In fact, the Fifth Circuit, following Coleman, recently rejected an argument similar to Wayne's in Bryant v. Texas Department of Aging & Disability Services , 781 F.3d 764 (5th Cir.2015). There, the district court denied a motion for summary judgment where the plaintiff had brought a retaliation claim pursuant to the self-care provision of the FMLA, seeking prospective equitable relief in the form of reinstatement. On interlocutory appeal by the state agency– employer, the plaintiff argued that her claim for reinstatement was “an acceptable form of prospective relief against the state that is not barred by the Eleventh Amendment.” Id. at 769. The Fifth Circuit disagreed and reversed the district court, holding that the injunctive relief exception on which the plaintiff was attempting to rely was, in actuality, the Ex parte Young doctrine, which “does not apply to suits against state agencies.” Id.

Wayne argues, like the plaintiff did in Bryant, that sovereign immunity does not bar his self-care claim because he seeks injunctive relief—here, in the form of a transfer to a new supervisor—rather than monetary damages. But he points to no authority to support this contention other than an incorrect reading of Coleman. Thus, because he has brought suit against only the state agency (FDC), and not against a state official in his or her official capacity, he cannot invoke what is, in essence, Ex parte Young to keep his claim in federal court. See, e.g. , Alabama v. Pugh , 438 U.S. 781, 781–82, 98 S.Ct. 3057, 57 L.Ed.2d 1114 (1978) (per curiam). Accordingly, the Court finds that the Plaintiff's retaliation claim seeking injunctive relief against an agency of the State under the self-care provision of the FMLA is barred by the Eleventh Amendment.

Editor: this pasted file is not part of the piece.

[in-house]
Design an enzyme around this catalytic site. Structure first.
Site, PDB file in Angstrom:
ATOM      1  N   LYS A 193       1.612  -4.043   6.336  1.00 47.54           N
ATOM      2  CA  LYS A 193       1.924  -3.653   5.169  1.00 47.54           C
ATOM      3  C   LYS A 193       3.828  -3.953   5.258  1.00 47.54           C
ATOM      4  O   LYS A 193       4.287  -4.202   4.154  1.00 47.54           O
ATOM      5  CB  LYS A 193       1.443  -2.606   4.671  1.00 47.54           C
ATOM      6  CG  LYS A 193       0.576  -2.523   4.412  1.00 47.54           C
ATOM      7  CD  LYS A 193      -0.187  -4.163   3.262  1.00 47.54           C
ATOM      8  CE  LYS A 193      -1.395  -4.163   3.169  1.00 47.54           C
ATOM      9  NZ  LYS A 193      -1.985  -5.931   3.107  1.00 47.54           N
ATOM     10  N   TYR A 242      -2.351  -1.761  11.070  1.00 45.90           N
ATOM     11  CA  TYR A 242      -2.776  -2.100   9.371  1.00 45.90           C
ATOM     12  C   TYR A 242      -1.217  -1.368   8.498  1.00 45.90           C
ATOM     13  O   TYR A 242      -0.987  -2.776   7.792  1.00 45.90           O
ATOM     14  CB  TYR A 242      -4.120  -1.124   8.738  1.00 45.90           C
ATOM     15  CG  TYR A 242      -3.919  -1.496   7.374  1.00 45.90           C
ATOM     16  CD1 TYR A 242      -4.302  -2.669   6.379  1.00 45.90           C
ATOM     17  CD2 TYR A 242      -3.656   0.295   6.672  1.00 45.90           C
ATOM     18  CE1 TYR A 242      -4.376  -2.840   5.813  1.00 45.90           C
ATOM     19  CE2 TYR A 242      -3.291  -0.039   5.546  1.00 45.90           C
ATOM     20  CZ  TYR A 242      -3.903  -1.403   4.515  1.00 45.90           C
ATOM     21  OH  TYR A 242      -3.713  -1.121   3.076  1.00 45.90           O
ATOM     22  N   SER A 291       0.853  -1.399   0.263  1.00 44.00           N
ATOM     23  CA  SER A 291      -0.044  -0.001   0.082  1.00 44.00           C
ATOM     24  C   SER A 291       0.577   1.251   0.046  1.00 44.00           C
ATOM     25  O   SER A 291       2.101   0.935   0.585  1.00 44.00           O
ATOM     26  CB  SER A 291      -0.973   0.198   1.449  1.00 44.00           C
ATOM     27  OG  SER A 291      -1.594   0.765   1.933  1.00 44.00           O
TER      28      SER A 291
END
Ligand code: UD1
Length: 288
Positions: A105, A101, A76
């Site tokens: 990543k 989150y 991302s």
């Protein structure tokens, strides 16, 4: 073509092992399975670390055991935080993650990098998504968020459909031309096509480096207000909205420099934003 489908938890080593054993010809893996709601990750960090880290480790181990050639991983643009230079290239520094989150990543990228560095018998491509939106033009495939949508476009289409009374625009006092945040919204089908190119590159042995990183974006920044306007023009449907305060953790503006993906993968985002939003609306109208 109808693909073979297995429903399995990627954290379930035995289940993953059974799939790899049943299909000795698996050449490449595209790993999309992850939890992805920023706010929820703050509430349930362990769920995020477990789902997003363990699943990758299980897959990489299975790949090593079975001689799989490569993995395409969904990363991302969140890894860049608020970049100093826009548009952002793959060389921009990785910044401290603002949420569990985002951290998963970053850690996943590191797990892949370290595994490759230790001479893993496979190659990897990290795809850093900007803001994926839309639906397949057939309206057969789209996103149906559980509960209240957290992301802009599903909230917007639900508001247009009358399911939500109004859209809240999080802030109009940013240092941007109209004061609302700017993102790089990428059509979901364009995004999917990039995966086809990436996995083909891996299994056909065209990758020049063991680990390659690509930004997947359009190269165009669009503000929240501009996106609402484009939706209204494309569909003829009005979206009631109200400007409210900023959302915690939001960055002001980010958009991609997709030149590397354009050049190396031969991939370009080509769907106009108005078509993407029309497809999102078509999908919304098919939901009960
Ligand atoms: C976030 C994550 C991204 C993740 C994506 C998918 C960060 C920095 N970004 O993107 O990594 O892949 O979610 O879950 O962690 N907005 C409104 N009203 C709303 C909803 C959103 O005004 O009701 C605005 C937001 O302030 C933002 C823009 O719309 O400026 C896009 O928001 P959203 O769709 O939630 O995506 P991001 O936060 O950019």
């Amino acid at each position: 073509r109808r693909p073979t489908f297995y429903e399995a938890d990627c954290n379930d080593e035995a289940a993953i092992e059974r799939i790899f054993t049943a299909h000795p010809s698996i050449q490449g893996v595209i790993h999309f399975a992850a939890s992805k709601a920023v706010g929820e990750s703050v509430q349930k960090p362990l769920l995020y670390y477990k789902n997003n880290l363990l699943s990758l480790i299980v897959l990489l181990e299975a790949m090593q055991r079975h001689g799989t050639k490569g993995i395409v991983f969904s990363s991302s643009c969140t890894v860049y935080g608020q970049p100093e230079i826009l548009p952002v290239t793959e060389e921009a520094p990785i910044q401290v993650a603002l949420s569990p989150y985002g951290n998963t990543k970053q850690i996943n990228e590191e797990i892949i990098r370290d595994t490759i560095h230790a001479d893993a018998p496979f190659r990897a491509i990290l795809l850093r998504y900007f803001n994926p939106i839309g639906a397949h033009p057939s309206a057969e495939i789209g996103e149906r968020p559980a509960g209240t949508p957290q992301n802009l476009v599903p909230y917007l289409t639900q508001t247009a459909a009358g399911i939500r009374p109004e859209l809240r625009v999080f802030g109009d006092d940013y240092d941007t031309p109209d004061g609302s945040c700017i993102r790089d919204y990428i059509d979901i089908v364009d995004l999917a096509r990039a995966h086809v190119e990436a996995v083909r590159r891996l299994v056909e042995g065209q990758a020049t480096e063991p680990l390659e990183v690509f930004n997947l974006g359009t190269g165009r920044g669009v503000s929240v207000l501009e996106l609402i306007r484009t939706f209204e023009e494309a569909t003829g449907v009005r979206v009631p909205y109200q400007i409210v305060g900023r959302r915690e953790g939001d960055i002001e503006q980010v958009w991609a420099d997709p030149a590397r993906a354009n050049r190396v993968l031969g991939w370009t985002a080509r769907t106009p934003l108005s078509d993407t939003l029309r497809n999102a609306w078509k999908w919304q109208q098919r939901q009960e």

As the Court has determined that the Eleventh Amendment issue is dispositive of the Plaintiff's case, it will not address FDC's arguments regarding the sufficiency of the allegations contained within the Amended Complaint.


Based on the foregoing, it is

ORDERED AND ADJUDGED that the Defendant's motion to dismiss [ECF No. 7] is GRANTED . The Plaintiff's Amended Complaint [ECF No. 6] is DISMISSED WITHOUT PREJUDICE . The Clerk is directed to mark this case CLOSED .

DONE AND ORDERED in Chambers at Miami, Florida, this 15th day of January, 2016.